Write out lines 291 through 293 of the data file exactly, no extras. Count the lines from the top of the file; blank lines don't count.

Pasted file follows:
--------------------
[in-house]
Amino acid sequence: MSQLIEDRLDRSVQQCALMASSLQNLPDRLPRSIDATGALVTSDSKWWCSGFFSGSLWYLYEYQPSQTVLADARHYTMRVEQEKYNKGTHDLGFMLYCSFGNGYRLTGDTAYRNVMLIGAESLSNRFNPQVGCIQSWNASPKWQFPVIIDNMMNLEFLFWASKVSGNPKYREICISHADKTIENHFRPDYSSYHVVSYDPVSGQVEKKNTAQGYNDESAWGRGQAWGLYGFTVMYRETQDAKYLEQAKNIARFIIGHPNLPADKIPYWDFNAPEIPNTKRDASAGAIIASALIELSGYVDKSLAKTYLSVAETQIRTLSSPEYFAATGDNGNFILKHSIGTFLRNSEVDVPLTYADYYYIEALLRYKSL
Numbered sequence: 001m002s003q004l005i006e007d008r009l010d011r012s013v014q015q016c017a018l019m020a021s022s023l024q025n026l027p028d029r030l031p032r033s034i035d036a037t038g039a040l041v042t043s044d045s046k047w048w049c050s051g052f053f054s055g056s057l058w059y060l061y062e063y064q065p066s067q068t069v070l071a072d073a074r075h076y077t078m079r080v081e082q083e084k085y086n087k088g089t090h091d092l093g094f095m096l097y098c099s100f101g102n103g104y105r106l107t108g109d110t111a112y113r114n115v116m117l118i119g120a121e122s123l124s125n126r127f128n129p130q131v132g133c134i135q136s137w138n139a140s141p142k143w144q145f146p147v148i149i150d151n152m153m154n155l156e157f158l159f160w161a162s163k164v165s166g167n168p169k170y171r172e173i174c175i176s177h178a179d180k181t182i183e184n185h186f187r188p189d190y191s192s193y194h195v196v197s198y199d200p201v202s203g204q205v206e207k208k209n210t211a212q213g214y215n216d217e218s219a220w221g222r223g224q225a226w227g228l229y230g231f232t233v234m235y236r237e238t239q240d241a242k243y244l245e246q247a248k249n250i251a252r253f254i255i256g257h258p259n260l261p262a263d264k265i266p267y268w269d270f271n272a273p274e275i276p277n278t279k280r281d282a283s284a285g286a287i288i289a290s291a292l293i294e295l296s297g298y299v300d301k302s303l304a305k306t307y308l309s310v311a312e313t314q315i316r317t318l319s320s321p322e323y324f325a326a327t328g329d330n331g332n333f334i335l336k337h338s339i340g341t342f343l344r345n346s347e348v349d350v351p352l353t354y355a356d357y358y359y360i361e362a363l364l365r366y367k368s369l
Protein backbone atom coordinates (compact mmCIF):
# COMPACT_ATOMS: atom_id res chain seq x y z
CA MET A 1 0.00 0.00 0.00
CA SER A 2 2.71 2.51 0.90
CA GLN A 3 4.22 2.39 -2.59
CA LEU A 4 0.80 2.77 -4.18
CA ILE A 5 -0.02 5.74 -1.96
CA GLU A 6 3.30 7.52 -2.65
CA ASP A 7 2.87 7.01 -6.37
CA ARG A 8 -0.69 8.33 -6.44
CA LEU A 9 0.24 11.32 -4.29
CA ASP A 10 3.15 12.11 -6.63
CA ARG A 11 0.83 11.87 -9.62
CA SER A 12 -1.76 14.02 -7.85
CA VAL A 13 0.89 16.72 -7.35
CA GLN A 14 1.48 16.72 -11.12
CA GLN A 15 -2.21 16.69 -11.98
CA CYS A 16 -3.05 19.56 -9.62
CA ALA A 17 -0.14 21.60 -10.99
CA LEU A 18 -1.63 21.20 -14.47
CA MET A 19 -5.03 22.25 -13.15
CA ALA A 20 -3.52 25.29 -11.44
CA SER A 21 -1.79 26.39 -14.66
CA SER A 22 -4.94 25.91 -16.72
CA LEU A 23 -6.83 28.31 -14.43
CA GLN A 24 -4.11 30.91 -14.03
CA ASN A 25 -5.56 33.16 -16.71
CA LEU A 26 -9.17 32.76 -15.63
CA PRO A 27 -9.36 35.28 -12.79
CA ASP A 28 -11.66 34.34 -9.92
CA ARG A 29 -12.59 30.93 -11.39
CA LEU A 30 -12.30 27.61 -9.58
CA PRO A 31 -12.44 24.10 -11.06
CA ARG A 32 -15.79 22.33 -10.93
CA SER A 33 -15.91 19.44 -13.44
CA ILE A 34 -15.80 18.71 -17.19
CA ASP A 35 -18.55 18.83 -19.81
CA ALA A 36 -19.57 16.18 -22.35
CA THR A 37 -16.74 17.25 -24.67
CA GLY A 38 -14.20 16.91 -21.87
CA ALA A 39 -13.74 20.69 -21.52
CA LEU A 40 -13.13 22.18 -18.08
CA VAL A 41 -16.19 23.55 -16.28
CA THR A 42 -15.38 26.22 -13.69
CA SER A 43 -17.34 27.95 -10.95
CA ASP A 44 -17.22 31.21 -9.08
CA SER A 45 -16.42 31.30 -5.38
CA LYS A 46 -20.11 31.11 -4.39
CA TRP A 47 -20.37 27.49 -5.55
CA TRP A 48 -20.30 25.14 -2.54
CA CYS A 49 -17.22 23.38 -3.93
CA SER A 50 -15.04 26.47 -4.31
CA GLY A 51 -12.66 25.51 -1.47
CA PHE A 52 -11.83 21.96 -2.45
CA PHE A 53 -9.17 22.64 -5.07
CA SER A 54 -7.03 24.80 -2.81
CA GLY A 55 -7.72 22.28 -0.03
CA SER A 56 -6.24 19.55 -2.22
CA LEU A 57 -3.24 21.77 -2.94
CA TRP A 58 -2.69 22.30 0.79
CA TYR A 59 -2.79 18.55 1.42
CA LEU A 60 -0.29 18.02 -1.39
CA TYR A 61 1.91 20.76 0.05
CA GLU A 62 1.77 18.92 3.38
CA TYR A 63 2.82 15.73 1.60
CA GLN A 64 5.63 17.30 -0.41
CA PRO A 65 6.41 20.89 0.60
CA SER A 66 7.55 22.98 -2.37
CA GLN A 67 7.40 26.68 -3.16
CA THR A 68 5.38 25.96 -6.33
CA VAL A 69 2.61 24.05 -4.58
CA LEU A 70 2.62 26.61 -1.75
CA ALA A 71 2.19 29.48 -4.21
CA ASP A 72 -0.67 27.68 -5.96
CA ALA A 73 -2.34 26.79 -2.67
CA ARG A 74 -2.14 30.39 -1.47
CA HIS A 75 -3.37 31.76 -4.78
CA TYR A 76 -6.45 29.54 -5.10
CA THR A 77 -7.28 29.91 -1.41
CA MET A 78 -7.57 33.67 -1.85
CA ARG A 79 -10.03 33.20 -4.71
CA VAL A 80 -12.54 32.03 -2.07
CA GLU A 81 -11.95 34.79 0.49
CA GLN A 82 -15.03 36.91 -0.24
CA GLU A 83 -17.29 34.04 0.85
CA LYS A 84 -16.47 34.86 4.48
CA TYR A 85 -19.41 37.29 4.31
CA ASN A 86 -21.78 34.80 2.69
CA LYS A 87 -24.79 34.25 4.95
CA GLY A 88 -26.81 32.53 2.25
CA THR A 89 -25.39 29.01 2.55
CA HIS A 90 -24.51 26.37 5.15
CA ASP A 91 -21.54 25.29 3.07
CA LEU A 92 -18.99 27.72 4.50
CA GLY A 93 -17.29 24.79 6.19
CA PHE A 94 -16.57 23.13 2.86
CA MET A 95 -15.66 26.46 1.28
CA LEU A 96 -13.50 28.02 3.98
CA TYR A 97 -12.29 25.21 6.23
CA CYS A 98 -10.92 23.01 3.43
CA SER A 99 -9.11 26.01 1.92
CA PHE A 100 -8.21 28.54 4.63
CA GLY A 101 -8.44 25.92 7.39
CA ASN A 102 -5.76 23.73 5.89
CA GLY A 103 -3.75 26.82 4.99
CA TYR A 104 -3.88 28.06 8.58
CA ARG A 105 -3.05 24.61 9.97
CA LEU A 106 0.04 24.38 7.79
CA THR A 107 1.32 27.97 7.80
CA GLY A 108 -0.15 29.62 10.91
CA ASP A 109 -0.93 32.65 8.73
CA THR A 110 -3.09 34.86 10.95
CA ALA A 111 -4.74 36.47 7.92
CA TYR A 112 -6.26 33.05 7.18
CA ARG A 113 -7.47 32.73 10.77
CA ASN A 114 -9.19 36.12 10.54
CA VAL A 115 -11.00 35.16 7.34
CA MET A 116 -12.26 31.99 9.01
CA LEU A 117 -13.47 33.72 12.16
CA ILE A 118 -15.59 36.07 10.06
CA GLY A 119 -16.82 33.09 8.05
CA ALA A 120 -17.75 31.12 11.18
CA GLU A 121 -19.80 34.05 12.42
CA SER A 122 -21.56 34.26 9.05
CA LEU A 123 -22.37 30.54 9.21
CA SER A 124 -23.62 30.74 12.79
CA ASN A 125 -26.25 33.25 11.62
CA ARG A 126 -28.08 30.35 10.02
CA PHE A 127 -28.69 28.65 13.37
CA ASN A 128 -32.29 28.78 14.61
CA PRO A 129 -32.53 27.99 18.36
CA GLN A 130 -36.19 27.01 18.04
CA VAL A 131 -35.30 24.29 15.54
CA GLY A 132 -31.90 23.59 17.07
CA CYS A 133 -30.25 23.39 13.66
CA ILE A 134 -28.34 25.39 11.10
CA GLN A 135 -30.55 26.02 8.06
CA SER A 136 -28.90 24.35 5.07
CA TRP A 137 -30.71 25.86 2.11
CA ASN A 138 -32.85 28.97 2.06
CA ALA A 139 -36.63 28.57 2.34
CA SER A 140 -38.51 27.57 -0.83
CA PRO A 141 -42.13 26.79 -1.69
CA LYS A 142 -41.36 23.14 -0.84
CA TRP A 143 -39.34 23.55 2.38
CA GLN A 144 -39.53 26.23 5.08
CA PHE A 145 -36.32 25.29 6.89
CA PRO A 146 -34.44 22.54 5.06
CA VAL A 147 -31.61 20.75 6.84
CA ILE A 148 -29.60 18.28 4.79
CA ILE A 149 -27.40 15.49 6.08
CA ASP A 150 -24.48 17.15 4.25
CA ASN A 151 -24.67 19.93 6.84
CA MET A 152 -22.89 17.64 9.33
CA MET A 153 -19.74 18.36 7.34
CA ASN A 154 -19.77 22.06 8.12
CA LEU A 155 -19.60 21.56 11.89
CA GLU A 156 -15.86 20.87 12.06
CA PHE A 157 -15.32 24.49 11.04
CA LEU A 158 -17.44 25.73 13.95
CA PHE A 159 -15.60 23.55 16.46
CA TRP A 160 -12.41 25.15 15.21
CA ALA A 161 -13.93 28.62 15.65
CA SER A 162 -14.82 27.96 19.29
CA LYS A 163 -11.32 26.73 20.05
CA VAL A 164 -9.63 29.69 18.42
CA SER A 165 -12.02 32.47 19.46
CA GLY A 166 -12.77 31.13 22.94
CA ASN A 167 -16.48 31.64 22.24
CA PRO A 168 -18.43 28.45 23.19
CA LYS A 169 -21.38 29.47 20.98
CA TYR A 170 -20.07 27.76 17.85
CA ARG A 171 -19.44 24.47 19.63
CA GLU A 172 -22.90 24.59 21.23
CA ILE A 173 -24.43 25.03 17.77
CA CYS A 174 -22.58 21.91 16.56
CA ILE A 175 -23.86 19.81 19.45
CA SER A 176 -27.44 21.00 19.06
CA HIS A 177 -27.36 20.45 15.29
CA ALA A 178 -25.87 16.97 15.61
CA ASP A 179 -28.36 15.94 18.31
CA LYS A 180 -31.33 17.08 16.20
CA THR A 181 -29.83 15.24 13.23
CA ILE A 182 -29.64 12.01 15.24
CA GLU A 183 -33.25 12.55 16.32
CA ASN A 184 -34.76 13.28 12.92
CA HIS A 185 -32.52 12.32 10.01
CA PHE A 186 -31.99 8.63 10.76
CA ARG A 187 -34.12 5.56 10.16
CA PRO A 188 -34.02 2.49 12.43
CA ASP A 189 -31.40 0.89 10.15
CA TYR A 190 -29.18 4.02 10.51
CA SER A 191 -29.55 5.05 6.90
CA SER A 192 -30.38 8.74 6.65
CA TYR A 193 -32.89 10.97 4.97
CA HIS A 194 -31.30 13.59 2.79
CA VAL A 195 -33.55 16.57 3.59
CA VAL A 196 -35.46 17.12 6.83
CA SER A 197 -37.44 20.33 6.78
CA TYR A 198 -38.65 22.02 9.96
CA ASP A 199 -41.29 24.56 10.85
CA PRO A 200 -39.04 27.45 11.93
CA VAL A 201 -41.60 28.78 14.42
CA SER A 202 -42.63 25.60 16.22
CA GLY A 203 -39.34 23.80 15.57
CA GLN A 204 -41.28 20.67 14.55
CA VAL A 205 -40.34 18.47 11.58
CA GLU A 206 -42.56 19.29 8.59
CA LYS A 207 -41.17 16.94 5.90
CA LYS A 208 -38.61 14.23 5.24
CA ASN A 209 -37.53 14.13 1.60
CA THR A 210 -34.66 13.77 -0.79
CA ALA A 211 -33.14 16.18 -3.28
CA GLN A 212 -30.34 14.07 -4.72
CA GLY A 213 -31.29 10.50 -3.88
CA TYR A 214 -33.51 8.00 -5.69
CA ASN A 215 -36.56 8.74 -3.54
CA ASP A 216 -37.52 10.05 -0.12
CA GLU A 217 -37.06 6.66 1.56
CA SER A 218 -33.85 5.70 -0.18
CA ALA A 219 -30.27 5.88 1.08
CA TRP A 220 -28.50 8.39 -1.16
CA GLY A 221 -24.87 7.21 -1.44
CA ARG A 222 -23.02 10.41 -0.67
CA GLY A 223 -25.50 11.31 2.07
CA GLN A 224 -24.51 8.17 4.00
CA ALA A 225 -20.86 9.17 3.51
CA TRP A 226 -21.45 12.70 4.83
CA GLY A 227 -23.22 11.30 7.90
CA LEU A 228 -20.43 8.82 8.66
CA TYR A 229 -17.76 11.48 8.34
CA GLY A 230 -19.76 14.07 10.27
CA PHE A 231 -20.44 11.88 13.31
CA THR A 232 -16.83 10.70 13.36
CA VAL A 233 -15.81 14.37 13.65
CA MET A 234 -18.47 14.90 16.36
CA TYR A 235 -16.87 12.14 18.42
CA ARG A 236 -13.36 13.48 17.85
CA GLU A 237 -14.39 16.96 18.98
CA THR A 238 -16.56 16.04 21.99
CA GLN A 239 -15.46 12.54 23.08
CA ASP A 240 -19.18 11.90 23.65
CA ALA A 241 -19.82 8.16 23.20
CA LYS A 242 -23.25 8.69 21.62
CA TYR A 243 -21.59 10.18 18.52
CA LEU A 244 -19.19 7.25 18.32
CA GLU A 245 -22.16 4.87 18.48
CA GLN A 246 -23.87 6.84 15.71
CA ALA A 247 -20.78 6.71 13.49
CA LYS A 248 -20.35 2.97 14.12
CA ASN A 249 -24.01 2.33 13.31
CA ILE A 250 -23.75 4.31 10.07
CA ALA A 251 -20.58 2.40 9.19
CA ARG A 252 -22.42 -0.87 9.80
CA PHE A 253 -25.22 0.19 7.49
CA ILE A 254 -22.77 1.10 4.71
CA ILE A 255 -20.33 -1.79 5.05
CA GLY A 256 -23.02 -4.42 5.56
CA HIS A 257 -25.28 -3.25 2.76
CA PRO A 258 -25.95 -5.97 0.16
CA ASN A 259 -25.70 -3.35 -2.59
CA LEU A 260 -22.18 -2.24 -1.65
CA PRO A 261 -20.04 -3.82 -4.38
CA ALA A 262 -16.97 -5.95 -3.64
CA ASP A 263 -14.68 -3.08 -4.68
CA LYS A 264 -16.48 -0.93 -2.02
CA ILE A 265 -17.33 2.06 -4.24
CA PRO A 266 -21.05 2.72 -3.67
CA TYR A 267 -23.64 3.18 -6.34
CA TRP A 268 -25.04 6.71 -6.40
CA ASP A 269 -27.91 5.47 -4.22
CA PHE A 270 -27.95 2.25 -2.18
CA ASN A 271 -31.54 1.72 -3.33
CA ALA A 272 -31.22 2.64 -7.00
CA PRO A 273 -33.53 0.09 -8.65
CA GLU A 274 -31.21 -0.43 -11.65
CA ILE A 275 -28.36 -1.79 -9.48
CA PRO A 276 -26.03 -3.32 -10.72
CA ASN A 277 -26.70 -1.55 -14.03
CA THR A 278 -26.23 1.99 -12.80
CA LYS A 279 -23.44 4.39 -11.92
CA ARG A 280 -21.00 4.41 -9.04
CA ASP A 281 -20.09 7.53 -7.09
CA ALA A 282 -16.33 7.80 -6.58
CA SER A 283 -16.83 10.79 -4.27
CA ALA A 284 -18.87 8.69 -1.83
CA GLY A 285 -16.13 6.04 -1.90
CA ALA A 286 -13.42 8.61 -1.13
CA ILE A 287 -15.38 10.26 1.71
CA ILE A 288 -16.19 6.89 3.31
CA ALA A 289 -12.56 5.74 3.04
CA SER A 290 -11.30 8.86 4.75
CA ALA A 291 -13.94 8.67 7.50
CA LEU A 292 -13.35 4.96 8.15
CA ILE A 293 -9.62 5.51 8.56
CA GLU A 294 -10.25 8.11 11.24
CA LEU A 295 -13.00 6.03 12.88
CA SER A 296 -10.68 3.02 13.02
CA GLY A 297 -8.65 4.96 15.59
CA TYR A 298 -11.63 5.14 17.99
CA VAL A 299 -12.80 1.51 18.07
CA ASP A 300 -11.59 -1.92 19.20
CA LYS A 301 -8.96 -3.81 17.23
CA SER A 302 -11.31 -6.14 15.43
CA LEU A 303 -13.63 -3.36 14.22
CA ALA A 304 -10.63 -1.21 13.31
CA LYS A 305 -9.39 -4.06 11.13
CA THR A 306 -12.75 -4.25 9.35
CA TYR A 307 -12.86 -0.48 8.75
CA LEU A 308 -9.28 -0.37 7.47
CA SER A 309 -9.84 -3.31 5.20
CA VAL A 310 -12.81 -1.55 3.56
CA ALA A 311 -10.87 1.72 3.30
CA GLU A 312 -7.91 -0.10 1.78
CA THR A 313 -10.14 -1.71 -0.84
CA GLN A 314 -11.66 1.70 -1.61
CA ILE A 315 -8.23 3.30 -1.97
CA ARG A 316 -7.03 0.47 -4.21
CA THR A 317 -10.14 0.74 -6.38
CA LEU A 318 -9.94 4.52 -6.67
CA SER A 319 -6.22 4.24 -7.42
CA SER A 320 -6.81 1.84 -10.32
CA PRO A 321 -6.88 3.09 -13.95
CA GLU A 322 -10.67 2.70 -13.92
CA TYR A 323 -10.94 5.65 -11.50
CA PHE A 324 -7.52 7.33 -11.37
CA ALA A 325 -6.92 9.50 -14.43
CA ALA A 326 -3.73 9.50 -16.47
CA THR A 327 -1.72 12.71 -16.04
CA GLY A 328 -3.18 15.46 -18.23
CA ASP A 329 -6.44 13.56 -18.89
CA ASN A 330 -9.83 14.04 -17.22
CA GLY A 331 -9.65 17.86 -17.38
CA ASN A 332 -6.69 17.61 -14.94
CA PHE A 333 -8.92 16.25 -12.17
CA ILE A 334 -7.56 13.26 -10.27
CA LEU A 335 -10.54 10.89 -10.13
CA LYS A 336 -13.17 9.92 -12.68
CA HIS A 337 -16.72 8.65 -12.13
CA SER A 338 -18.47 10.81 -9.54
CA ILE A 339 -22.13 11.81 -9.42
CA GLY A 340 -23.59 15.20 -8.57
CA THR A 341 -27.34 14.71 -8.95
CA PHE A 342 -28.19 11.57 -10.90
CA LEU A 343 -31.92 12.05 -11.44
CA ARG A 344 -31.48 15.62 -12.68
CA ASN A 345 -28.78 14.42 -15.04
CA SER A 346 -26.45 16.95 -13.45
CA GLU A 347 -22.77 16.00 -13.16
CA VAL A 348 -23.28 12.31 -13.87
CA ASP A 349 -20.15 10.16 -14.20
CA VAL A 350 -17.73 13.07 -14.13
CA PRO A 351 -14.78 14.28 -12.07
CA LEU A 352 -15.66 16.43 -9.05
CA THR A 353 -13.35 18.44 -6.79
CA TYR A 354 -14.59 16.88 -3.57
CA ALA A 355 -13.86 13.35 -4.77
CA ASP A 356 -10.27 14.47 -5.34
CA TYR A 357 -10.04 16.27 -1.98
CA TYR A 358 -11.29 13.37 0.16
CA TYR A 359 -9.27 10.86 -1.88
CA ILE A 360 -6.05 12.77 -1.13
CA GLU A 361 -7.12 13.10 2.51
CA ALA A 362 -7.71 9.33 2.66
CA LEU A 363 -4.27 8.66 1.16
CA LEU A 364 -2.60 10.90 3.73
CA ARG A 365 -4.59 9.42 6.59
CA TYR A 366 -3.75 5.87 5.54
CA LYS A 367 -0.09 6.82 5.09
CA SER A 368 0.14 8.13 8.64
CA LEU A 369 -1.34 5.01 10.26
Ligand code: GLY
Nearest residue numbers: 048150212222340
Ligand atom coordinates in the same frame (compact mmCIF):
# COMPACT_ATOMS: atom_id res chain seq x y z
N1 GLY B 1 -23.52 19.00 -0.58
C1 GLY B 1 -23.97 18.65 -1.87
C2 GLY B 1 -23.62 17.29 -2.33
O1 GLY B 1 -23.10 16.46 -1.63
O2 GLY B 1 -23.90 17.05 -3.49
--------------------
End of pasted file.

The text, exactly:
CA ALA A 286 -13.42 8.61 -1.13
CA ILE A 287 -15.38 10.26 1.71
CA ILE A 288 -16.19 6.89 3.31